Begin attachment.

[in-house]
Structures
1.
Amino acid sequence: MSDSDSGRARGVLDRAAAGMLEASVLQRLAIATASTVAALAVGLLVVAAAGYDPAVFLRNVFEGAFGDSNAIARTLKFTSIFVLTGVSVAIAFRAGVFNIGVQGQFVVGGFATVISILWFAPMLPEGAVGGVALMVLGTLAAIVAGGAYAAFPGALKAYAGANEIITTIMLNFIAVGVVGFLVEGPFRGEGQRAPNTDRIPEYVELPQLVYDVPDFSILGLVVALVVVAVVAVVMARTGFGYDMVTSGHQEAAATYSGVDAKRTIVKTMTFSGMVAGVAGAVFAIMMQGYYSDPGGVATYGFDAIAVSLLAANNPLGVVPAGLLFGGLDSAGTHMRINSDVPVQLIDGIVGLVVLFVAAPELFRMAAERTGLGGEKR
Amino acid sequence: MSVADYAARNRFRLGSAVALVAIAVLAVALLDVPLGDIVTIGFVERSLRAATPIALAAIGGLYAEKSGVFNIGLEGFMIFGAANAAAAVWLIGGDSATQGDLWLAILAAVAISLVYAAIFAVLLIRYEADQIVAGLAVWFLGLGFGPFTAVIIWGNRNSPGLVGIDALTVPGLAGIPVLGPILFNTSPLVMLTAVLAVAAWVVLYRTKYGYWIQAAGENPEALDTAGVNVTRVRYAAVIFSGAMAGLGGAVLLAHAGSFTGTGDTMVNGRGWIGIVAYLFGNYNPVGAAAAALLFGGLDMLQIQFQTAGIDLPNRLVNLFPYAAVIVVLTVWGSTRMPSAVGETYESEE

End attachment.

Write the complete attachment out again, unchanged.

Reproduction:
[in-house]
Structures
1.
Amino acid sequence: MSDSDSGRARGVLDRAAAGMLEASVLQRLAIATASTVAALAVGLLVVAAAGYDPAVFLRNVFEGAFGDSNAIARTLKFTSIFVLTGVSVAIAFRAGVFNIGVQGQFVVGGFATVISILWFAPMLPEGAVGGVALMVLGTLAAIVAGGAYAAFPGALKAYAGANEIITTIMLNFIAVGVVGFLVEGPFRGEGQRAPNTDRIPEYVELPQLVYDVPDFSILGLVVALVVVAVVAVVMARTGFGYDMVTSGHQEAAATYSGVDAKRTIVKTMTFSGMVAGVAGAVFAIMMQGYYSDPGGVATYGFDAIAVSLLAANNPLGVVPAGLLFGGLDSAGTHMRINSDVPVQLIDGIVGLVVLFVAAPELFRMAAERTGLGGEKR
Amino acid sequence: MSVADYAARNRFRLGSAVALVAIAVLAVALLDVPLGDIVTIGFVERSLRAATPIALAAIGGLYAEKSGVFNIGLEGFMIFGAANAAAAVWLIGGDSATQGDLWLAILAAVAISLVYAAIFAVLLIRYEADQIVAGLAVWFLGLGFGPFTAVIIWGNRNSPGLVGIDALTVPGLAGIPVLGPILFNTSPLVMLTAVLAVAAWVVLYRTKYGYWIQAAGENPEALDTAGVNVTRVRYAAVIFSGAMAGLGGAVLLAHAGSFTGTGDTMVNGRGWIGIVAYLFGNYNPVGAAAAALLFGGLDMLQIQFQTAGIDLPNRLVNLFPYAAVIVVLTVWGSTRMPSAVGETYESEE